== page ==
- CDC is looking at how many babies born in the U.S. are screened for hearing loss and the results of this screening. A recent CDC survey found that more than 97% of newborns were screened for hearing loss. Of those babies who were screened, 1.6% did not pass the final or most recent hearing screening. Of the babies who did not pass the hearing screening, 68% received a diagnosis before age 3 months. The diagnosis was either that the baby had hearing loss or did not have hearing loss. [Read more]
- Quality Assurance:
- CDC's Newborn Screening Quality Assurance Program (NSQAP) helps ensure that parents and doctors can trust the results of newborn screening tests. NSQAP works with local, state, and international labs to make sure newborn screening test results are as accurate as possible in the U.S. and in 68 countries around the world. [Read more]
- CDC, together with professional groups and other government agencies, plans to publish recommendations for good lab practices for genetic tests and newborn screening for inherited metabolic diseases. This work complements a previous effort to describe good lab practices for molecular genetic testing. [Read more]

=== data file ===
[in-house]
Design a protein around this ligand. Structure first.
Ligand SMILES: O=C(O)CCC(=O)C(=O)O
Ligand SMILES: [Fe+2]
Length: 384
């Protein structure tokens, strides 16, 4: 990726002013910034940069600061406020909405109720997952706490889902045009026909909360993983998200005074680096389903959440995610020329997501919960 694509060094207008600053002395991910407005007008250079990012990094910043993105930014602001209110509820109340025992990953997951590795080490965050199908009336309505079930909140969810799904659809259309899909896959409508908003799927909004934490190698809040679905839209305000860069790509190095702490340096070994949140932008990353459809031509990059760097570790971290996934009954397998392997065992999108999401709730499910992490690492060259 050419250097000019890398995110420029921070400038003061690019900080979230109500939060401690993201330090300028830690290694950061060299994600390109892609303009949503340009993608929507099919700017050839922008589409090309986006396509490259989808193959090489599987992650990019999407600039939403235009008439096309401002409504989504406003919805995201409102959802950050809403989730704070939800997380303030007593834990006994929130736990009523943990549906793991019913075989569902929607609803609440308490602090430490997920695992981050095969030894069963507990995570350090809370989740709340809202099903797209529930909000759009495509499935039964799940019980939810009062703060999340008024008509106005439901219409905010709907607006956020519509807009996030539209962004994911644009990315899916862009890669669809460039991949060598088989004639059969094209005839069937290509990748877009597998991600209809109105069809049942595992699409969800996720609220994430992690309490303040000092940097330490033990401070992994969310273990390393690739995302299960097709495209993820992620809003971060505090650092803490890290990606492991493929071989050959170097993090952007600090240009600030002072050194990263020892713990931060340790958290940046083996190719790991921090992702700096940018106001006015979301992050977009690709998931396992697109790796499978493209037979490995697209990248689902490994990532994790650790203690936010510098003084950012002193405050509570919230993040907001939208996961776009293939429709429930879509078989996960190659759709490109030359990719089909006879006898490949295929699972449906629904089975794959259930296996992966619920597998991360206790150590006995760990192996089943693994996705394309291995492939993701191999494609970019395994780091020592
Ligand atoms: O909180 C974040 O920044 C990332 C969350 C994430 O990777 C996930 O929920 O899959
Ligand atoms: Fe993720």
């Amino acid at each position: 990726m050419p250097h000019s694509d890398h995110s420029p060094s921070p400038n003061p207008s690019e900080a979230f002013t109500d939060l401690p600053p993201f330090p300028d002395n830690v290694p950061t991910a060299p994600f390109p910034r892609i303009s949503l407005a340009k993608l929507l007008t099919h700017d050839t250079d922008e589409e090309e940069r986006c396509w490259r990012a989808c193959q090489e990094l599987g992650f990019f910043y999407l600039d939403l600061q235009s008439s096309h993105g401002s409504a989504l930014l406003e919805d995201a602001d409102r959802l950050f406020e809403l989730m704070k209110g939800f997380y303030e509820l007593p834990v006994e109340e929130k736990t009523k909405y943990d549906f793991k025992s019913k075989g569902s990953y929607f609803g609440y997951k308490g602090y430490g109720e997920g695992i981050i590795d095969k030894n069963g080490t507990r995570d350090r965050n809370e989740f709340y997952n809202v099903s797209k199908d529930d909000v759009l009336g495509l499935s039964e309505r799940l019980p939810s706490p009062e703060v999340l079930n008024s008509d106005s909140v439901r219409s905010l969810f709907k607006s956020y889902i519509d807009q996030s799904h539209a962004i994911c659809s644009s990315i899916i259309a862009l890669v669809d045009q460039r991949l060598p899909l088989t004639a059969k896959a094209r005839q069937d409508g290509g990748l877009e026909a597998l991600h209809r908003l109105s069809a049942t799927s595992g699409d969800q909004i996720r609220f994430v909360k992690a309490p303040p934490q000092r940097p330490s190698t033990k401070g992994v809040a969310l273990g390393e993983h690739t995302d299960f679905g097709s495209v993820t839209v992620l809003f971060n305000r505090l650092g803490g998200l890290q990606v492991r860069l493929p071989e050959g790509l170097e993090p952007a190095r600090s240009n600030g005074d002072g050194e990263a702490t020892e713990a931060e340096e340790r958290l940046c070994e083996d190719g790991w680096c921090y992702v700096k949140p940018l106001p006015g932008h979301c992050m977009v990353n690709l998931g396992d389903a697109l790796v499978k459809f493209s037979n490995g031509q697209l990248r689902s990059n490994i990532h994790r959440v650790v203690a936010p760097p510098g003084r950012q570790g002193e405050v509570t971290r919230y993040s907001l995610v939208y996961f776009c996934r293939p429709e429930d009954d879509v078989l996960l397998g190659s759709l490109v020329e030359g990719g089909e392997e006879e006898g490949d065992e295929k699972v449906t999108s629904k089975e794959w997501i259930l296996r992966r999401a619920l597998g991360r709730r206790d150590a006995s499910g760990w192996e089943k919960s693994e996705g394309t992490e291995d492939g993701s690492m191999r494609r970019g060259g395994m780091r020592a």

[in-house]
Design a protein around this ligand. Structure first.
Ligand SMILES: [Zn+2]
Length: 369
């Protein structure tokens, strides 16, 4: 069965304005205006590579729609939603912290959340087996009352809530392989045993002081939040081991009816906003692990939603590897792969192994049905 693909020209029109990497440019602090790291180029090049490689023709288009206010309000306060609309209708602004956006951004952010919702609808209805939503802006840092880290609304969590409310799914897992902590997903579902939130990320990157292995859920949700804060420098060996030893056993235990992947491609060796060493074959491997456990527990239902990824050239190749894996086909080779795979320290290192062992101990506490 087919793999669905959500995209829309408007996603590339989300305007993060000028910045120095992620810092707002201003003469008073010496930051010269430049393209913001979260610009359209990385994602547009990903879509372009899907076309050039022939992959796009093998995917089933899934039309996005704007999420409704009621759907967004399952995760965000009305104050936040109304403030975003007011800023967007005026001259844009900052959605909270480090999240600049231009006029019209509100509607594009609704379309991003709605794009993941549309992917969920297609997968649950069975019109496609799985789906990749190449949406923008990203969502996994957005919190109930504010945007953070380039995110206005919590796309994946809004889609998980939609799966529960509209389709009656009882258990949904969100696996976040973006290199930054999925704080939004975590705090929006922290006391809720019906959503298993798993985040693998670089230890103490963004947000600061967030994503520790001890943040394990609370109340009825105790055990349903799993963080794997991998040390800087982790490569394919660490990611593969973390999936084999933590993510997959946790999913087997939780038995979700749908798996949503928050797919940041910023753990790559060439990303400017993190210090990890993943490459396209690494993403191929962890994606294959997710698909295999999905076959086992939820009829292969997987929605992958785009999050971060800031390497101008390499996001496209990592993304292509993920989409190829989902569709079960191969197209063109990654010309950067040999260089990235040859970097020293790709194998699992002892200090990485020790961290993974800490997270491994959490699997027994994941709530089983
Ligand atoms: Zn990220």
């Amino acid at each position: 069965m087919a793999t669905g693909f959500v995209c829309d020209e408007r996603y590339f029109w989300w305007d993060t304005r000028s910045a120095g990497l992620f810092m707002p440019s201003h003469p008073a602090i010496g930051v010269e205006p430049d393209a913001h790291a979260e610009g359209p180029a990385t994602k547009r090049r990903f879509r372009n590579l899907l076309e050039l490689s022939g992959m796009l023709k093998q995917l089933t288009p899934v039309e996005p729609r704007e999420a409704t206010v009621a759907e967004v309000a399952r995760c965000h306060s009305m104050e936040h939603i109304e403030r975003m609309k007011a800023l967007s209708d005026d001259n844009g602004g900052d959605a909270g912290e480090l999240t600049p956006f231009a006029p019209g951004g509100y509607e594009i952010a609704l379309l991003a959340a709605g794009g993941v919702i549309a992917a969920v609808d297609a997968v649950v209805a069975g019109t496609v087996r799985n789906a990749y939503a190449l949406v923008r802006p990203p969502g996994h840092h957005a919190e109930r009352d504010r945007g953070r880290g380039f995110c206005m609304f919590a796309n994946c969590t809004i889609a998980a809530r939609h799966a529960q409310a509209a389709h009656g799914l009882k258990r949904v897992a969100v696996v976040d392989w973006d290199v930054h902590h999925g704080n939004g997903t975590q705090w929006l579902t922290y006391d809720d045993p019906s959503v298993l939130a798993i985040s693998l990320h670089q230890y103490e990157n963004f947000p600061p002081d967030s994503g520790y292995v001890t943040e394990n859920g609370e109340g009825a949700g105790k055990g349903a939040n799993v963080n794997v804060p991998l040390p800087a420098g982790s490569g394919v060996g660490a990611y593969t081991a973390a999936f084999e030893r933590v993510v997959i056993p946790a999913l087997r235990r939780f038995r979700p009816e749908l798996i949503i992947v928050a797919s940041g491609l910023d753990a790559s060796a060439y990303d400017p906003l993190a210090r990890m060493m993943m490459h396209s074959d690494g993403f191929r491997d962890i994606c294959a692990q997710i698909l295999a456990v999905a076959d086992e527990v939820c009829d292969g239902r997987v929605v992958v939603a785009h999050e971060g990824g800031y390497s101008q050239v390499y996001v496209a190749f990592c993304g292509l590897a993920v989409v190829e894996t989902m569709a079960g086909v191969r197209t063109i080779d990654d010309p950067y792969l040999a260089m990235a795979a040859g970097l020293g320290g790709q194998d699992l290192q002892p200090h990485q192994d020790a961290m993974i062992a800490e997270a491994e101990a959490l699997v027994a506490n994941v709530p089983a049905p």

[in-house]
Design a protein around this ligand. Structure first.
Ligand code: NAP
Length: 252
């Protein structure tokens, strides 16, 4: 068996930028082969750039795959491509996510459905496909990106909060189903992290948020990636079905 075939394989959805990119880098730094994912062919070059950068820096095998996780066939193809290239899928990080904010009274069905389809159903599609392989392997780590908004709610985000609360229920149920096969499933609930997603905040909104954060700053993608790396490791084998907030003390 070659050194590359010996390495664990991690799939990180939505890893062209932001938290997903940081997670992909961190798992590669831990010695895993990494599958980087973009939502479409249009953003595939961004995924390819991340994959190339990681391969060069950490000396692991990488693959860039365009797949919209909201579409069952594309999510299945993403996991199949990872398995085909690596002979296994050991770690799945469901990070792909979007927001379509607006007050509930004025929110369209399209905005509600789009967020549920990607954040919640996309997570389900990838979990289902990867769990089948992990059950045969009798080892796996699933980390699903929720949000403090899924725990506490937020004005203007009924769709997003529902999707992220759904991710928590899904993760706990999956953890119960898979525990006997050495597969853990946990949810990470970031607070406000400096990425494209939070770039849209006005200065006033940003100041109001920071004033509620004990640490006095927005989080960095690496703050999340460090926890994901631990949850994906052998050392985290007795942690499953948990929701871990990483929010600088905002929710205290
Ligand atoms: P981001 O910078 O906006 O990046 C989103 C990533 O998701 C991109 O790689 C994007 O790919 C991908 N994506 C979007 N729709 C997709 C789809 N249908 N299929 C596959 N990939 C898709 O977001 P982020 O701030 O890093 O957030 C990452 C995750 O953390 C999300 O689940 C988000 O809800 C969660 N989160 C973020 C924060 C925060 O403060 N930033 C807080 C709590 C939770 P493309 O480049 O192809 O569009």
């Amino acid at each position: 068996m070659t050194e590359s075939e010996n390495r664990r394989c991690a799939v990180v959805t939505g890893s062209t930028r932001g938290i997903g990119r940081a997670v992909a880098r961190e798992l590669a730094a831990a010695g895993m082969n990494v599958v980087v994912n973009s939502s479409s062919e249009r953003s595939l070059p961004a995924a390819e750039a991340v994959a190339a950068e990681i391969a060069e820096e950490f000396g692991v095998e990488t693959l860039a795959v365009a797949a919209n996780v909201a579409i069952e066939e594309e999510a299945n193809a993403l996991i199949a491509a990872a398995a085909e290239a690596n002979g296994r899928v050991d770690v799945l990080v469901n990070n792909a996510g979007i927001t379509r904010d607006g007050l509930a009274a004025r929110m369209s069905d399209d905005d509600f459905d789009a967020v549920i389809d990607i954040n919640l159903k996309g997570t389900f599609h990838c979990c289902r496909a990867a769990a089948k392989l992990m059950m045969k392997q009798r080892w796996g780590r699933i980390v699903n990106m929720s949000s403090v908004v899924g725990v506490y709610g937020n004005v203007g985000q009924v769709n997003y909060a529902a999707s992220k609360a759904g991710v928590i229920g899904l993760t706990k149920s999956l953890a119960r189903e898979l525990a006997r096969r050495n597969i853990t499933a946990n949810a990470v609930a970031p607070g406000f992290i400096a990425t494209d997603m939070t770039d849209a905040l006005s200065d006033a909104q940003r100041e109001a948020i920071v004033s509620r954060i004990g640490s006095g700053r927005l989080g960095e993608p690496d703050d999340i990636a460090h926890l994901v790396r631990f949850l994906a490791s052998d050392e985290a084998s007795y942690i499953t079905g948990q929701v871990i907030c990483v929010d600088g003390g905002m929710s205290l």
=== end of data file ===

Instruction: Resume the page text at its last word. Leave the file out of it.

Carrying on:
- CDC funded the Texas Newborn Screening Performance Measures Project to develop, pilot and document successful evidence-based performance measures and assessment tools to improve patient care for newborns with disorders found through the Texas Newborn Screening Program (TNSP). The tools they developed might serve as models for newborn screening programs in other states. [Read more]
- CDC created patient education materials for parents on hearing screening and genetic causes of hearing loss. [Read more]
- Page last reviewed: August 29, 2011
- Page last updated: August 29, 2011
- Content source:
- Office of the Associate Director for Communication, Digital Media Branch, Division of Public Affairs
- Page maintained by: Office of the Associate Director for Communication, Digital Media Branch, Division of Public Affairs